Veteran Chicago Ald. Carrie Austin and her chief of staff were indicted Thursday in federal court for bribery.
U.S. Attorney John Lausch’s office alleges that Austin, 72, and her top aide, Chester Wilson Jr., 55, took bribes from a developer in exchange for access to millions of taxpayer dollars for a project in Austin’s 34th Ward.
Prosecutors say that the construction company owner and other contractors, none of which are identified by name in the indictment, provided Austin with home improvements, furniture and appliances, in return for access to $10 million in tax-increment and other publicly-financed dollars, the indictment alleges.
Wilson received home improvement materials and services for rental properties he owned, federal authorities allege.
The indictment alleges the schemes stem from a nearly $50 million residential development in Austin’s ward, beginning in 2014. The project required the construction of streets, infrastructure and other public way development that would in turn make it eligible to receive millions in taxpayer funded dollars.
Authorities say that in 2017, a contractor on the development offered and Austin accepted more than $5,000 worth of new kitchen cabinets in her home, for which the contractor falsely claimed in documents were for the development.
The feds say Austin asked a developer specifically for “bathroom tiles in white or vein white” and received “brand new” and expensive” sump pumps.
According to court documents, Austin also allegedly lied to investigators when they asked whether she accepted a free sump pump from a developer. She responded to investigators she’d never received anything from the developer, “other than a cake,” the indictment alleged.
Wilson allegedly solicited developers for new air conditioning and heating units for rental properties he owned, according to the indictment. Developers allegedly helped to pay for a new HVAC system for one of Wilson’s investment properties in 2017, allegedly saying, “You help me a lot, and I’ll help you,” the indictment alleged.
WBEZ has previously reported that the feds were investigating construction projects in Austin’s ward as part of its years-long probe.
In 2019, federal agents raided the South Side office of the alderman, who has been on the City Council for more than two decades, and whose ward includes parts of the West Pullman, Washington Heights, Morgan Park and Roseland neighborhoods.
Austin and Wilson, who has worked in her office for decades, could not be immediately reached. When her office was raided two years ago, Austin said she was innocent.
Austin was a staunch supporter of past mayors Rahm Emanuel and Richard M. Daley, and once held prominent positions on the city council. But under Mayor Lori Lightfoot, Austin’s post as head of the budget committee was stripped, even before the federal investigation into her came into public view.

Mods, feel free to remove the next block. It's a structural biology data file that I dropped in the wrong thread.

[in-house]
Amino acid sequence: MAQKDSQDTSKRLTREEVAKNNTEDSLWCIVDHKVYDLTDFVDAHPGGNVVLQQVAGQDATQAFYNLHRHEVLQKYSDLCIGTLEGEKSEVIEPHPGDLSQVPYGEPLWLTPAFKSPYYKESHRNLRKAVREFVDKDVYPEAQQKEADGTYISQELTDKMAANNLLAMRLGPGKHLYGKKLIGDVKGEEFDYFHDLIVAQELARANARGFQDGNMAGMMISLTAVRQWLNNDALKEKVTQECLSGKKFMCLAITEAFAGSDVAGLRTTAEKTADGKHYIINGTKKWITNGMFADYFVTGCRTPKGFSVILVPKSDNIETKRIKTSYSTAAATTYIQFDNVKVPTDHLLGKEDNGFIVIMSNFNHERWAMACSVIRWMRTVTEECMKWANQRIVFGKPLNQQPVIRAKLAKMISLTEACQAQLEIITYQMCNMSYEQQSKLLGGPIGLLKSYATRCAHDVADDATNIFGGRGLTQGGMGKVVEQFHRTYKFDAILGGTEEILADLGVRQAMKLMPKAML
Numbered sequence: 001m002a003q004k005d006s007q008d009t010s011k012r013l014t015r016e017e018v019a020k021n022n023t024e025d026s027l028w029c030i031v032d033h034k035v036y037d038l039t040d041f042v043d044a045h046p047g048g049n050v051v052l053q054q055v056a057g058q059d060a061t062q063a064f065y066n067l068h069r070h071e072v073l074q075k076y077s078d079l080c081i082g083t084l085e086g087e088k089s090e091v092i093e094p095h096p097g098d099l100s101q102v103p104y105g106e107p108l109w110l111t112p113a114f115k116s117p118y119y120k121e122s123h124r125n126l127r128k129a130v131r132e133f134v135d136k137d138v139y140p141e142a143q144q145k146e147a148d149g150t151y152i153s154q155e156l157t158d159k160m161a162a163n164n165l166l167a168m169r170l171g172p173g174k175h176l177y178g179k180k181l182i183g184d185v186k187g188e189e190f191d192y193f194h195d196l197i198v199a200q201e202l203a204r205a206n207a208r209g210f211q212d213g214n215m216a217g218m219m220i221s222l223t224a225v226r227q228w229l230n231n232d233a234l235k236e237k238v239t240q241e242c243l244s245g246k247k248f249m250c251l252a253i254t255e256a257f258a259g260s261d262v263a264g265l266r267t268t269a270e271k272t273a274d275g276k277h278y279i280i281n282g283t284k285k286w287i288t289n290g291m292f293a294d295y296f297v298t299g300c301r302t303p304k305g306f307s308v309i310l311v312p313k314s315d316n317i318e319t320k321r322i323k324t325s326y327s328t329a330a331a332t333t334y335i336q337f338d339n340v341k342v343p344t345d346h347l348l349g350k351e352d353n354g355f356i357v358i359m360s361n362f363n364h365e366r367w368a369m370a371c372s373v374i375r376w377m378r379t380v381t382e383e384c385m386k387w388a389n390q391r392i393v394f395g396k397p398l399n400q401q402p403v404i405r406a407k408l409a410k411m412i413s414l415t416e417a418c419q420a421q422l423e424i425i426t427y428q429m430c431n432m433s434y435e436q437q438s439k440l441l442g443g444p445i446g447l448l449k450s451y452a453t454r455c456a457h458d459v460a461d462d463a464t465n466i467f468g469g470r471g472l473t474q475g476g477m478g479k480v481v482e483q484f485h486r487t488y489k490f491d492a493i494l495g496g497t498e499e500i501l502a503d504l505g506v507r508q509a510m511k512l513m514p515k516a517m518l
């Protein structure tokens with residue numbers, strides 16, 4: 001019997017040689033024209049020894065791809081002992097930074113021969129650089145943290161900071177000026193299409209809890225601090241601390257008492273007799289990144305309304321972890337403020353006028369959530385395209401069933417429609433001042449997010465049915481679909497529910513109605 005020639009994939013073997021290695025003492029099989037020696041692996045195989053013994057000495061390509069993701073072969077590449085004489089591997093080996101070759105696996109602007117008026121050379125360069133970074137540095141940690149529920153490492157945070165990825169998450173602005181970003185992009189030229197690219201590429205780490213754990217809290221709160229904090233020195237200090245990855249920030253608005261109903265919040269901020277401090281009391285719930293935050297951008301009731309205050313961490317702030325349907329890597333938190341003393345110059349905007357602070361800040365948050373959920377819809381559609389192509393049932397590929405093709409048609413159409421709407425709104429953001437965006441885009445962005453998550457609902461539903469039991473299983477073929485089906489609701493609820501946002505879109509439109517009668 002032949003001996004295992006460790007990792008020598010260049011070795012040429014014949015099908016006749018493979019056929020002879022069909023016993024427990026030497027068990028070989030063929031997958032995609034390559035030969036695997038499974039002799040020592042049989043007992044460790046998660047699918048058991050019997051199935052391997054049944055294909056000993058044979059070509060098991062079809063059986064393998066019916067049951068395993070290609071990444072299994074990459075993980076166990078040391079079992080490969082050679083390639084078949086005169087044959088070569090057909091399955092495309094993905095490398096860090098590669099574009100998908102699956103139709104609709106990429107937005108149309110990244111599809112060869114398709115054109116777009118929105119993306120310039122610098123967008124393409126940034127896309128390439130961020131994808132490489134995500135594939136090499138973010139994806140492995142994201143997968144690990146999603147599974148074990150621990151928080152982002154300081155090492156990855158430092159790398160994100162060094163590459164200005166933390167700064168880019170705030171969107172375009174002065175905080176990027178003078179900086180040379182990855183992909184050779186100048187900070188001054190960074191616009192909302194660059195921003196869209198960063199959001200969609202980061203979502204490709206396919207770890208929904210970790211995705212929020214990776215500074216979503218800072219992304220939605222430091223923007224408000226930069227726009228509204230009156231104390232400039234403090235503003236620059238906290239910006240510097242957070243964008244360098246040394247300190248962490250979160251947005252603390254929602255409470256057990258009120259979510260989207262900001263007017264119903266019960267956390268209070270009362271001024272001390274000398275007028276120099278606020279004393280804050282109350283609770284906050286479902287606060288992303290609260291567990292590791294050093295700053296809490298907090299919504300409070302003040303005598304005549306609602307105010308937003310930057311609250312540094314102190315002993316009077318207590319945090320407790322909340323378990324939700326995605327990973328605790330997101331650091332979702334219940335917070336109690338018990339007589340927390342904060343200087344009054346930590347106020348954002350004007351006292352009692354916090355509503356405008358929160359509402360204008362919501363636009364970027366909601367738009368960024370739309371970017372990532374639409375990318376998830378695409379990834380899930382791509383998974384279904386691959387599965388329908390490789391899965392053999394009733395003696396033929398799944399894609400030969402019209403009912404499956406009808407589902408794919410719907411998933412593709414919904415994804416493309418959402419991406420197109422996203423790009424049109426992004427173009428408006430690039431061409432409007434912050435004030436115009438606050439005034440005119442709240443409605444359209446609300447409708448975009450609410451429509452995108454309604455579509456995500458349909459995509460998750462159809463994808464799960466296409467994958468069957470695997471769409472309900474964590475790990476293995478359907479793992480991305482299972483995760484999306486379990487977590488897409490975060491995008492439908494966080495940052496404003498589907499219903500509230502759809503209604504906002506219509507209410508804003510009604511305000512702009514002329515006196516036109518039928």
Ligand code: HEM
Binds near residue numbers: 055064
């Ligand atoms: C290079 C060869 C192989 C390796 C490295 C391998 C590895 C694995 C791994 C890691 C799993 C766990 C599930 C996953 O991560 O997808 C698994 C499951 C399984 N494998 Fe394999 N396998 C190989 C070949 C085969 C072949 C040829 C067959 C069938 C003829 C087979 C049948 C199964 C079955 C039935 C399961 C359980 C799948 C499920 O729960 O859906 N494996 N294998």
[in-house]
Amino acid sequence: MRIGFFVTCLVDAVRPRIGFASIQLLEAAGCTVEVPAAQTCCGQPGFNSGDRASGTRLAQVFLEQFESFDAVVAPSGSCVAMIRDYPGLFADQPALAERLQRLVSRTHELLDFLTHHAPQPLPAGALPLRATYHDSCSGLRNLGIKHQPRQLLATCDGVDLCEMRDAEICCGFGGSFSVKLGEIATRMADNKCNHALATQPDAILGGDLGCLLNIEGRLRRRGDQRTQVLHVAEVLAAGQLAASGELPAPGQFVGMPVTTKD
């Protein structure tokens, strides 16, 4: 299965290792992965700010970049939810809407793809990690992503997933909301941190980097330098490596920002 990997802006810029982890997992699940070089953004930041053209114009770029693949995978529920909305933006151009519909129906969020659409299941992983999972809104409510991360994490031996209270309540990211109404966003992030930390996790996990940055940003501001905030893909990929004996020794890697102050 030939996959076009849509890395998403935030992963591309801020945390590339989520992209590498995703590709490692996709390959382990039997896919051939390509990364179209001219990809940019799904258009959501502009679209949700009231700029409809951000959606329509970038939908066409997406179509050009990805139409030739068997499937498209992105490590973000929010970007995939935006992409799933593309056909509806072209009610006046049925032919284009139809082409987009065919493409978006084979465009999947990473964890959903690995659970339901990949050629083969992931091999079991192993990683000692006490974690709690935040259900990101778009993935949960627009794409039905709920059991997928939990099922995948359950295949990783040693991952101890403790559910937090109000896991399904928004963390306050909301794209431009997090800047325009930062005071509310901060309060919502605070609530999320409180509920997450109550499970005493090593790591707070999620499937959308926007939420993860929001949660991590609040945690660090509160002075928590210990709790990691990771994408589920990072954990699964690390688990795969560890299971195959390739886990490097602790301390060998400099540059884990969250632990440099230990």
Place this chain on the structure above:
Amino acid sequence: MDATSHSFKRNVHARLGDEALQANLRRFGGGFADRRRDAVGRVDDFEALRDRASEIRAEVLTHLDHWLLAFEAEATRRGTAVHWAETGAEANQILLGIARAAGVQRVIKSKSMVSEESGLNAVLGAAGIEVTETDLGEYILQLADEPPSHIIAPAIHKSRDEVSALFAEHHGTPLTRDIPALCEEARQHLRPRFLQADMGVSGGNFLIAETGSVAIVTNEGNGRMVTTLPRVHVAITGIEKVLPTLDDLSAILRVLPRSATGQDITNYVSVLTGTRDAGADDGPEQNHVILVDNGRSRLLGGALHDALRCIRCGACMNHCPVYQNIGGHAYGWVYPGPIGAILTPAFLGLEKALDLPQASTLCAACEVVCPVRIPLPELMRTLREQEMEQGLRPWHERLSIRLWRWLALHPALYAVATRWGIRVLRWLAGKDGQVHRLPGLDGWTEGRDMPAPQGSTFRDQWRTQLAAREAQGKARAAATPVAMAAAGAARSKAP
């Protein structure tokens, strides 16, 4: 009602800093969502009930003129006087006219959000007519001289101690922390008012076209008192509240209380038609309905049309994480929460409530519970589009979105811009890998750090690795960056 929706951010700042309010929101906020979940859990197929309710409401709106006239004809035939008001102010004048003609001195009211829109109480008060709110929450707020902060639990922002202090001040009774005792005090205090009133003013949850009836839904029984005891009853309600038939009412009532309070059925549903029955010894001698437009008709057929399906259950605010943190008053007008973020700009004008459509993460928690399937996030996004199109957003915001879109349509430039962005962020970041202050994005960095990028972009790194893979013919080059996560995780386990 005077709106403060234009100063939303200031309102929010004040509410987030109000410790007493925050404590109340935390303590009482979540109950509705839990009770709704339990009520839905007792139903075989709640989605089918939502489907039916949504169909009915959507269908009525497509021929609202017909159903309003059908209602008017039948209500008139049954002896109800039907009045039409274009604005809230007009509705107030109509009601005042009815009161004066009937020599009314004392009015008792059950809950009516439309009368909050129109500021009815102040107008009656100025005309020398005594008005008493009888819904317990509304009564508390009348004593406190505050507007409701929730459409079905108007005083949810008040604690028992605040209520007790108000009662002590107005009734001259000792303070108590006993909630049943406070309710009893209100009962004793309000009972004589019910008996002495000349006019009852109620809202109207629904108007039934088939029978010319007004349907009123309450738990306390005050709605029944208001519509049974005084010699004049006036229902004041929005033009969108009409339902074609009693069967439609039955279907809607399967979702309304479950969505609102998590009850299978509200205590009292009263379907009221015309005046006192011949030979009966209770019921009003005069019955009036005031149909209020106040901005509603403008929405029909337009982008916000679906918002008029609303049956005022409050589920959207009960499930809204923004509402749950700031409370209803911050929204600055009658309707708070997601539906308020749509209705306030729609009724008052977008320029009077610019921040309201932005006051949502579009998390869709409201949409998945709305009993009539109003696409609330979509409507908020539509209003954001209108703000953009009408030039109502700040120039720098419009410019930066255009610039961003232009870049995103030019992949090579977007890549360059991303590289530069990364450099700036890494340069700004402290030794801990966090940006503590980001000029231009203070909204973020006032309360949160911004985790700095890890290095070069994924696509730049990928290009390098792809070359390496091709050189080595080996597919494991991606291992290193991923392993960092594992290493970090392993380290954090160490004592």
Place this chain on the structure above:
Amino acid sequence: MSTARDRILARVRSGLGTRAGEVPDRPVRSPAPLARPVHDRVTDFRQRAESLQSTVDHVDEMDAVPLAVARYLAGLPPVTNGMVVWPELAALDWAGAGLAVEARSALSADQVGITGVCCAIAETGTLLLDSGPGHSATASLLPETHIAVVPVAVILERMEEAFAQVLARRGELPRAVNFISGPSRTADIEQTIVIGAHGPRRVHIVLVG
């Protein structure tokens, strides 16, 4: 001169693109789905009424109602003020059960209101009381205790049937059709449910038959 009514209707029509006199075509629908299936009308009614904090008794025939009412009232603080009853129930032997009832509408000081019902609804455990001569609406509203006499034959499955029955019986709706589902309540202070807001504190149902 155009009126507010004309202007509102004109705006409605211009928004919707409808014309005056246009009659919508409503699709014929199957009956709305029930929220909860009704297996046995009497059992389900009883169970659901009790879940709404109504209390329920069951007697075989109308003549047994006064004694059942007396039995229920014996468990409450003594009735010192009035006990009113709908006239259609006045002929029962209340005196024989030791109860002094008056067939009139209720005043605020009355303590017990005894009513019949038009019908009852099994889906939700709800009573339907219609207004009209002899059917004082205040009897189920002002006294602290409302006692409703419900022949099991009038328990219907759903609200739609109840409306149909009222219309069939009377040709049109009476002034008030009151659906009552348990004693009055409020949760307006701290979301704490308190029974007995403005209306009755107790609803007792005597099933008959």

In her more than quarter-century on the City Council, Austin has been one of the staunchest defenders of old-style Chicago politics, including hiring family members.
A WBEZ investigation found seven members of Austin’s immediate family were government employees at the time. Six of them worked for the City of Chicago.
Austin personally hired four of them — two sons, a granddaughter and a daughter-in-law, according to city personnel records and court documents.
Altogether, Austin and her family members were getting paid a total of nearly $600,000 in government salaries each year, the investigation found.
In addition to the feds, the investigation that led to Austin’s indictment also involved the office of City of Chicago Inspector General Joe Ferguson — whom the alderman has criticized in the past for allegedly picking on her and her son.
Austin once unleashed a profane attack on Ferguson for forcing her son’s resignation from a city job after what she described as a “witch hunt.”
But Austin went on to re-hire her son as her ward’s Streets and Sanitation superintendent. She defended that move, telling the Chicago Sun-Times, “Why is it so wrong for you to have your family member, your cousin or whatever working. Are you saying they don’t deserve to work either?”
Wilson has worked for Austin since 1995, according to his online networking profile.
Wilson leveraged his political ties to win executive clemency in 2014, from then-Gov. Pat Quinn, for a 1993 conviction in Cook County. His successful petition for clemency included photos of Wilson with Austin, Daley, former Illinois Senate President Emil Jones and Illinois Secretary of State Jesse White, according to records obtained by WBEZ.
Dan Mihalopoulos is a WBEZ investigative reporter.